LITTLE THUMB. 171
tame on, and the men were obliged to go home in a great rage without him and with empty purses.
As soon as Little Thumb knew they were gone, he crept through the underground passages, and got out of his hole; but at first he stood still, and said to himself, "It will not be safe for me to cross the field in the dark, most likely I shall break my limbs or my neck if I do."
All at once he saw an empty snail shell. " Oh, how lucky !" he exclaimed ; " I can spend the night here in comfort."
So he crept in; but just as he was dropping off to sleep, he heard voices and the footsteps of two men who were planning a robbery at the rector's house.
" There is gold and silver in abundance there," said one, " but how are we to get at it?"
" I will tell you," shouted Little Thumb.
"What was that ?" cried one of the thieves, in a fright. "I am certain I heard some one speak."
They stood still to listen, and Little Thumb spoke again. " lake me with you ; I will help you," he said. " Where are you, then ?" asked one.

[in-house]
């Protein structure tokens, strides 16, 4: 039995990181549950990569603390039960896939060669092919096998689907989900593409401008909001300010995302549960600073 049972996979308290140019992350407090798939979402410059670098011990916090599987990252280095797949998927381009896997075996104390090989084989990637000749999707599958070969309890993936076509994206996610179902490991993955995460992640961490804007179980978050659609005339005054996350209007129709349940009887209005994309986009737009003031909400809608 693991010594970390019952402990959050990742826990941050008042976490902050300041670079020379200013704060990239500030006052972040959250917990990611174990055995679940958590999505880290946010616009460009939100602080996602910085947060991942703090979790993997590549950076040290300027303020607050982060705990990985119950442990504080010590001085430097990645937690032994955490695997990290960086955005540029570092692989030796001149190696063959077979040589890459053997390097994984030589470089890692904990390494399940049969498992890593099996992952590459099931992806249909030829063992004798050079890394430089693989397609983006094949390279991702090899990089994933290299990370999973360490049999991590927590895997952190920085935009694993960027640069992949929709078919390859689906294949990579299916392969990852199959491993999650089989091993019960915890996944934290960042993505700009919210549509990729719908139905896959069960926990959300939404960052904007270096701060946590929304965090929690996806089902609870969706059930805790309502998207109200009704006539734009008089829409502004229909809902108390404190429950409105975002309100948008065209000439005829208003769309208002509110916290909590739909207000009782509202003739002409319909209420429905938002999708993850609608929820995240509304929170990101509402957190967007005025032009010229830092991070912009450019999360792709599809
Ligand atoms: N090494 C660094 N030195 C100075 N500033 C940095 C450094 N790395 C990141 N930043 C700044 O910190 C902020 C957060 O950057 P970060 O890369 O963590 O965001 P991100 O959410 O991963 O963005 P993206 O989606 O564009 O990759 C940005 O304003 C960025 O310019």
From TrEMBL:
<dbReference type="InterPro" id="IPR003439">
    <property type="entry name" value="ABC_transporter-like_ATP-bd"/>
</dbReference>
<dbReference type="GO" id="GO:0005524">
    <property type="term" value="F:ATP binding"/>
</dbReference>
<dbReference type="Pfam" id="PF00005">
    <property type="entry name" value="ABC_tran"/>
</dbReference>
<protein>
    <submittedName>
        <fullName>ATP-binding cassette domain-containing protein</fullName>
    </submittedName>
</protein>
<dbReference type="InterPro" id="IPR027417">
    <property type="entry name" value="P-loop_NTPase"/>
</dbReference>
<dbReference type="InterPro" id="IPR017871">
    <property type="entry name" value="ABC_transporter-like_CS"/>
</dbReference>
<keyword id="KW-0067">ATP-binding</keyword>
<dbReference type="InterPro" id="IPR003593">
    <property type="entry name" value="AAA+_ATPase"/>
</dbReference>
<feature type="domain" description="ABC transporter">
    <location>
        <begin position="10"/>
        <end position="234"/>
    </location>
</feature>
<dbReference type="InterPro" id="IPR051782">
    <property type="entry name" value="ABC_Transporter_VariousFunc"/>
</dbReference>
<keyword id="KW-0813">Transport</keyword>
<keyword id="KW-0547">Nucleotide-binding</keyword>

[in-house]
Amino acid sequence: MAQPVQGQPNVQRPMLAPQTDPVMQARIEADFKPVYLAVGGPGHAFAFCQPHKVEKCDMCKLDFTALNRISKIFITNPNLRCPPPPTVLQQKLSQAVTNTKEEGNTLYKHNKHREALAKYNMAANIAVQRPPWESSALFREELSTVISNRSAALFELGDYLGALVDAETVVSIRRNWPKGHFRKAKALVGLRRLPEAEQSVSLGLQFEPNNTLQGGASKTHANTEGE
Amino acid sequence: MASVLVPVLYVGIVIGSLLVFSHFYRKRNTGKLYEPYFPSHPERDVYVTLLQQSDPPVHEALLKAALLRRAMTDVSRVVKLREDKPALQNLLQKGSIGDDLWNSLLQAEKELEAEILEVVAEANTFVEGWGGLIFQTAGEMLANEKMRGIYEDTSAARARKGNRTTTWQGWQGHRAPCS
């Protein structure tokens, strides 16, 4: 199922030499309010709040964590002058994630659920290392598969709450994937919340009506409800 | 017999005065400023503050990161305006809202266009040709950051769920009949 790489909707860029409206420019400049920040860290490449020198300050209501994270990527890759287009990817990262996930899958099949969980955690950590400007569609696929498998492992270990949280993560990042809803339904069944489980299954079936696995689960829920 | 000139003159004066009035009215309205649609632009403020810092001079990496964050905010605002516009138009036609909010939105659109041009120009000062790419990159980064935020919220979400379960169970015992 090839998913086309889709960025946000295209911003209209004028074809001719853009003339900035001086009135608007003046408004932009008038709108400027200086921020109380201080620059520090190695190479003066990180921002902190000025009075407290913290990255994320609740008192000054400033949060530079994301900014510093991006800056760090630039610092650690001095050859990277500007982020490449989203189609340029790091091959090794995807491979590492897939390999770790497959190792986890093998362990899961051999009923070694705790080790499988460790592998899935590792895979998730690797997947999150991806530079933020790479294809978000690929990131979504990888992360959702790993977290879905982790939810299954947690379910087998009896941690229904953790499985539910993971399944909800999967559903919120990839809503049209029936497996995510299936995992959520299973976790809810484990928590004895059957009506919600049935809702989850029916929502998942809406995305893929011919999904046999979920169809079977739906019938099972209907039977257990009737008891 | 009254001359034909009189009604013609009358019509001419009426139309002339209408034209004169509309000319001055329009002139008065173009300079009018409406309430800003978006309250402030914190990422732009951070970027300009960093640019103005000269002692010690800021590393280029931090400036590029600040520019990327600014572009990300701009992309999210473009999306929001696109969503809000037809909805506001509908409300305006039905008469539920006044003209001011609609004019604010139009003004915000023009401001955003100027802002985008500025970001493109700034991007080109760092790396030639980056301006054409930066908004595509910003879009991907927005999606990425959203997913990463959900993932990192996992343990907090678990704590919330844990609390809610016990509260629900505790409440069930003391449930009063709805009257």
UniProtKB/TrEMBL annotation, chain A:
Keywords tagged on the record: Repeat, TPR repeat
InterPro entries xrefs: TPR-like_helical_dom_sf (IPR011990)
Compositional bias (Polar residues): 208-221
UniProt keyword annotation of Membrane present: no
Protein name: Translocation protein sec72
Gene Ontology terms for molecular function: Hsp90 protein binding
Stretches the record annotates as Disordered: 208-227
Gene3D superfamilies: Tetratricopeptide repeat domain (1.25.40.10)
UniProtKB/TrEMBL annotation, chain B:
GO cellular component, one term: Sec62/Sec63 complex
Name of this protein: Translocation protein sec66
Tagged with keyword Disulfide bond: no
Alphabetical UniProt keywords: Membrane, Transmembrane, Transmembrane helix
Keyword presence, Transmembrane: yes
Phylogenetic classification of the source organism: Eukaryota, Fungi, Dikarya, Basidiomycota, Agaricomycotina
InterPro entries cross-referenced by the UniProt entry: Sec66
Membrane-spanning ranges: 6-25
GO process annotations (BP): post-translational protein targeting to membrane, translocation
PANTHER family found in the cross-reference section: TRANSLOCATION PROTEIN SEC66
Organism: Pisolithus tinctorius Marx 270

" Look for me on the ground, where my voice comes from." said he.
On this they began to search, and at last found him, and one of the thieves lifted him up, and said, "You little mite, how can you help us ?"
"Try me," cried Little Thumb. "Why, I can creep between the iron bars of the window into the rector's room, and pass out to you whatever you want."
" Oh, well," they replied, " you are too small to do us any harm, so we will take you with us, and see what you can do."
The thieves did not remember what a loud, shrill voice the little fellow had, so they carried him to the rectory, It did not take him long to creep through the bars into the room, but no sooner was he inside than he cried out as loud as he could, " Will you have everything from the room you can get ?"
" Hush !" cried the thieves, in a fright " Speak lower, you will wake everybody in the house."
But Little Thumb, as if he did not understand, kept crying ouf as loud as ever, " What shall I give you first, do you want all ?"